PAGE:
You might ask who the creditors on the plus side are. Part is circular – A owes B, B owes C and C owes A, so it cancels. A category of big lenders are pension, savings and social security funds in rich countries and another group are the mega rich investors one hears a lot about these days. [The top 5% in the US hold 62% of all wealth and the top 20% hold 93%].
Source: Federal Reserve -[Federal Reserve chart taken via New York Times for the Fed “Balance Sheet”, that is money it has created for the Treasury and banks. Shaded regions are QE1, QE2 and QE3. Markers below horizontal axis run from 2006 to 2014; spacers on vertical axis run from $1 trillion to $ 4 trillion. The last dot near end-2014 is $4.48 trillion].
The second graph shows the ‘balance sheet’ of the US Federal Reserve or how much money it has created (polite term for electronically printed). The $4.48 trillion in late 2014 must have risen to over $5 trillion by now. The picture is similar for the ECB, BoJ and the Bank of England, all of whose balance sheets now stand at 300 to 400% of what they were in 2007. Most of this debt should be written off as a gigantic wealth tax on the mega-rich; there is no other way to correct obscene global inequality. After that policies that prevent such enormous inequality must be made standing provisions on global statute books.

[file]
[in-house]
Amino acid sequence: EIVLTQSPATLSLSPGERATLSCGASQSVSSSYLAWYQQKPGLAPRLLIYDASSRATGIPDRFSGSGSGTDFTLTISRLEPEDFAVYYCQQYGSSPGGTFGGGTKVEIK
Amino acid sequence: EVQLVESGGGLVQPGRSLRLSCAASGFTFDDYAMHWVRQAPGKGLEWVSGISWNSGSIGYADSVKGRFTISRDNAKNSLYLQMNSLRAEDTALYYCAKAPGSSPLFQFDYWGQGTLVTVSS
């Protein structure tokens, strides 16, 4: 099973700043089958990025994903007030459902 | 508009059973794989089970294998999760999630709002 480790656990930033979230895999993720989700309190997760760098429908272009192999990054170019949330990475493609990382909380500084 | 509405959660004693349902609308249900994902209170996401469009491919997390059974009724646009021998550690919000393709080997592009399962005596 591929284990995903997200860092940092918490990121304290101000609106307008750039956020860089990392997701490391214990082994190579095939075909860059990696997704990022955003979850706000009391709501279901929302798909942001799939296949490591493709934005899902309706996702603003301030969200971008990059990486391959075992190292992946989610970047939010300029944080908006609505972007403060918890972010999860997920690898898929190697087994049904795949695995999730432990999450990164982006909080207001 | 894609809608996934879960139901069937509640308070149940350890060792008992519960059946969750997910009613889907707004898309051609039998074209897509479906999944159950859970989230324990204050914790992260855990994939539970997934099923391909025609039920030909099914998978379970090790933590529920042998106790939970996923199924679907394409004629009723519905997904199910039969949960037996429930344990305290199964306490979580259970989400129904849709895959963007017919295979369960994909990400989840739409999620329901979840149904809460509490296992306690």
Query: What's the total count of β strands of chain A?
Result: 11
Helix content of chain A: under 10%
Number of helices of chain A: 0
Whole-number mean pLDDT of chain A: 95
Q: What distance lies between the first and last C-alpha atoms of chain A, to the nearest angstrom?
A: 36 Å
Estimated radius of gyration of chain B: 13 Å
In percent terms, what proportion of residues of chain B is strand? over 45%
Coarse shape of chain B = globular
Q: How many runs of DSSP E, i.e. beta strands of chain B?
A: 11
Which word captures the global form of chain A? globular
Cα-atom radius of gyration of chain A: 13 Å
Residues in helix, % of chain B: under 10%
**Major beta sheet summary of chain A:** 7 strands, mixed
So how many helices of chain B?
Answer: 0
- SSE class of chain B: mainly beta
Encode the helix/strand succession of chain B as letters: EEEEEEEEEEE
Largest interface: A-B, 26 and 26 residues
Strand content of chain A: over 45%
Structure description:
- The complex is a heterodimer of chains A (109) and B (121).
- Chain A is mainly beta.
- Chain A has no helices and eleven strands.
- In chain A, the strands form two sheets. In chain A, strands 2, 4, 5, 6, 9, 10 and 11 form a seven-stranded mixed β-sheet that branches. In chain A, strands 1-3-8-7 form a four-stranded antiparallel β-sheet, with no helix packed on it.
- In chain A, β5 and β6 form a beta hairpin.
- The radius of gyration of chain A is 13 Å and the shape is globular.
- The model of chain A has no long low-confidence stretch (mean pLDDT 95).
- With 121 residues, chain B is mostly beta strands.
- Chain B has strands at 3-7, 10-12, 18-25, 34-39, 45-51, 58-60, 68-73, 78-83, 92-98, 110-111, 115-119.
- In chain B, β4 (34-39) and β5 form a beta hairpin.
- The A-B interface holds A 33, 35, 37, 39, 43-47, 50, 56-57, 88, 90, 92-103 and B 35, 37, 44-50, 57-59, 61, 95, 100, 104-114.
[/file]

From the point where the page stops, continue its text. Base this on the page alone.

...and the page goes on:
Why does crisis keep recurring from 2007?
A question to which I have heard only naïve or trite responses from economists in the media including the Business Programmes of all the big TV broadcasters is “Why is the crisis persisting; why does it keep recurring in frightening proportions in some big sector or major country?” The pundits simply struggle to answer. Productivity is stagnant, business confidence is waning and living standards in America are unlikely to rise in the coming decades. Frankly I do not see and cannot imagine an answer apart from an analysis that explains how it is built into the systems natural dynamics, the capitalist economic metabolism. I cannot elaborate since I promised not to push Marxism in this piece and will make only one summary remark. Capitalism as a system works in a certain way, accumulating, reinvesting and seeking profit; its mode of functioning is analogous to a natural DNA. A consequence of this intrinsic nature is boom and periodic crisis, and on a longer time scale, catastrophic breakdown.
I simply have not heard or read any other even remotely convincing explanation – HRS’s “the central bankers and finance ministers are pluperfect idiots” thesis included – to the ‘Why does the crisis keep on breaking out in some major sector or the other; why has it persisted since 2008?’ lament.